If returns are poor when compared with the other options, naturally companies will shy away from disclosing them. The basic problem is that high operating and distribution costs take away a part of the customer’s money. So, savings through insurance delivers net returns inferior to bank deposits or even mutual funds and the strong case for long-term savings through insurance gets diluted. Offering a return guarantee can further suppress potential returns as fund managers go conservative. Unlike banks, insurance companies cannot leverage high yielding lending portfolios to get better returns in their fixed-income portfolios. Insurers invest primarily in government securities and corporate bonds and suffer from high capital, operational and distribution costs that knock off the returns further. Mutual funds, too, invest in similar asset classes, but their costs and consequently penetration are low. As a rule, guaranteed products underperform the market. If we address the high cost issue, we can truly marry the consistency of traditional plans with the low costs and transparency of Ulips.
You are talking about variable insurance plans (VIP). But ever since product regulations put these plans in line with Ulips, insurers stopped launching them.
VIPs entail low margins and do not cover high retail distribution costs. They can be profitable in large-scale corporate portfolios. In traditional plans, the margins are comparatively higher and consequently, customer returns are low. As an industry, we must urgently find ways to reduce distribution costs. But most of us pamper our agents and ignore customers. For us, the agent is the end customer. This is not sustainable as technology is opening up markets, and competitive returns of other products would lay bare the drawbacks of life insurance as a long-term saving option unless we cut costs and improve return.
One way to make sure that agents care is to level the commissions instead of having a front-end structure. Mutual funds are talking of a trail commission now.
Mutual funds are open-ended, so trail commission could be a natural way of rewarding distributors. Insurance locks in your savings, so upfront effort is involved to convince a customer, and therefore, an agent needs to be compensated front–ended. What we need are serious agents who concentrate on persistency. We need to have stringent norms to weed out the non-serious agents so that the industry expands meaningfully. What we should also do is make the job of an agent easy. An agent has to make several visits and collect many documents to sell one policy. If we can simplify the process and digitally empower them for better productivity and customer service, things could get better. At IndiaFirst, we have completely moved the cumbersome sales process to a seamless digitally controlled work flow.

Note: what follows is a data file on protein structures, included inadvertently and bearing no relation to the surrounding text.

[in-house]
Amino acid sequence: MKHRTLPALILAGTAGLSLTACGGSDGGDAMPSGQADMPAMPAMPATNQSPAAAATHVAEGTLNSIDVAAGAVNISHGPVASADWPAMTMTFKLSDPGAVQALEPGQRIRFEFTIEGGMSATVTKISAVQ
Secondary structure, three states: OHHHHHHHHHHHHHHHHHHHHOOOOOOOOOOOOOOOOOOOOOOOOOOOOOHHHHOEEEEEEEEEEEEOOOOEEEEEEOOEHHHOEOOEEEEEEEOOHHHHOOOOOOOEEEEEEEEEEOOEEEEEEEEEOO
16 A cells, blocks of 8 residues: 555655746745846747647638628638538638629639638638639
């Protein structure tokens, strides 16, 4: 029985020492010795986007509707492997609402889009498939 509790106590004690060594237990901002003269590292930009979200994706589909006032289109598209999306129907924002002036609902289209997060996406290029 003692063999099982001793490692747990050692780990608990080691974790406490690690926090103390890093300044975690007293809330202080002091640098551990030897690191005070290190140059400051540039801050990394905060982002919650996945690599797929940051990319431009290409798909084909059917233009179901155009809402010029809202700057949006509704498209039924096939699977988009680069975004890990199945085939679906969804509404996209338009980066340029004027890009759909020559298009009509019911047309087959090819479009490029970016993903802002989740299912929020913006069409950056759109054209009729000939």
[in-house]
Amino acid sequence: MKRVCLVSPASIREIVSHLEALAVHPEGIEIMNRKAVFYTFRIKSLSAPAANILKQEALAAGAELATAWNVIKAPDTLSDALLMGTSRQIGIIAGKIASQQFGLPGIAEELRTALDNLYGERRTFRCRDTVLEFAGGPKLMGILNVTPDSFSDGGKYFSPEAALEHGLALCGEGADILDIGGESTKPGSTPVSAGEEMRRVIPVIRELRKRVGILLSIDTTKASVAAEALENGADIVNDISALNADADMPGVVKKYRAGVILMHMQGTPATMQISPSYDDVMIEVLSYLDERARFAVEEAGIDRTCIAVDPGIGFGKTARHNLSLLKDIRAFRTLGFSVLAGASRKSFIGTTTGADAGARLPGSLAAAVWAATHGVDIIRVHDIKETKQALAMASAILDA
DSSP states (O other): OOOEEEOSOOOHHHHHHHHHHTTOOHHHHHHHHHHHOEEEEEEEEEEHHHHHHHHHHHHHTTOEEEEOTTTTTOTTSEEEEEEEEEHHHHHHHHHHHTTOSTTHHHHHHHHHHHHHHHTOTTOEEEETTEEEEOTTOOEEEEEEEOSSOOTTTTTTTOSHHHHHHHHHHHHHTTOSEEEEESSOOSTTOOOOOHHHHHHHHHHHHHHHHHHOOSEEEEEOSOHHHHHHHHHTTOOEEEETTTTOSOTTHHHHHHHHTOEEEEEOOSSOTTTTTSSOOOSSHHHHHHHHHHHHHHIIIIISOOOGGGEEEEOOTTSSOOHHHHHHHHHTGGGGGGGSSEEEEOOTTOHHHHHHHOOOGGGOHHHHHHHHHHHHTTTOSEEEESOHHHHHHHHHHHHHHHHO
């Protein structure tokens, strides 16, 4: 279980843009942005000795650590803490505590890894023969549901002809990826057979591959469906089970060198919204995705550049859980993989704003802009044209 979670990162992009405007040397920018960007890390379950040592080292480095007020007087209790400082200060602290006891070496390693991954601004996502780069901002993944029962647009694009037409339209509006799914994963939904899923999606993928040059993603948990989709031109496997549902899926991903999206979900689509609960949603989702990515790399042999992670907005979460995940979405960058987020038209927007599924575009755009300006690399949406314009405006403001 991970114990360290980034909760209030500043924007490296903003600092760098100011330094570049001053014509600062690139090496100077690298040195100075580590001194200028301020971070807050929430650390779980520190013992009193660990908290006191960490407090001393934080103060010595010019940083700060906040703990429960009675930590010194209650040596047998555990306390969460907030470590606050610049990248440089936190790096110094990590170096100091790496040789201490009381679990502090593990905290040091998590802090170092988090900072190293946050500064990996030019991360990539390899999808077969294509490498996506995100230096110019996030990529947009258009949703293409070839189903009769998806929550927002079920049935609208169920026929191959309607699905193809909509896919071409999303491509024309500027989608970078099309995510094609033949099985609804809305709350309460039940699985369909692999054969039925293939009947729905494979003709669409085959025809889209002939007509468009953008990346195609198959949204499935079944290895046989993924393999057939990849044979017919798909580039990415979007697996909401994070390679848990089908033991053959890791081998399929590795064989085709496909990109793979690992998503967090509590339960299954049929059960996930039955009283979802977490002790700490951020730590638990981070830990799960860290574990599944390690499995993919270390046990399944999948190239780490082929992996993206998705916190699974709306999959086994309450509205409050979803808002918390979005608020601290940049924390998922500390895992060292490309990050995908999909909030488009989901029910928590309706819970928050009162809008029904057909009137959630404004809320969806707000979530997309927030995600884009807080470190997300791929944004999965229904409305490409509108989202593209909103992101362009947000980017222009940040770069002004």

You will be leaving insurance after having worked in it for almost 15 years. Where do you think the industry is still struggling and what road map do you envision?
The key struggle is distribution. We must make it a level playing field in a cost efficient manner without sacrificing agents’ income. The answer lies in expanding the market through process re-inventing, bundled options and end-to-end digitization. We also need to fully leverage alternate distribution models.
What I foresee is financial convergence in about a decade’s time. People would use wrap accounts where they can load different benefits of protection, savings, investments, health and pensions into one bundle serviced by different product providers basing on their core competencies. Digitization would bring portability and fungibility where a policy is sold by an insurer but its fund could be managed by a mutual fund. This already happens in developed markets. Digital India will drive the next wave of growth with division of work and core specialization bringing in efficiency.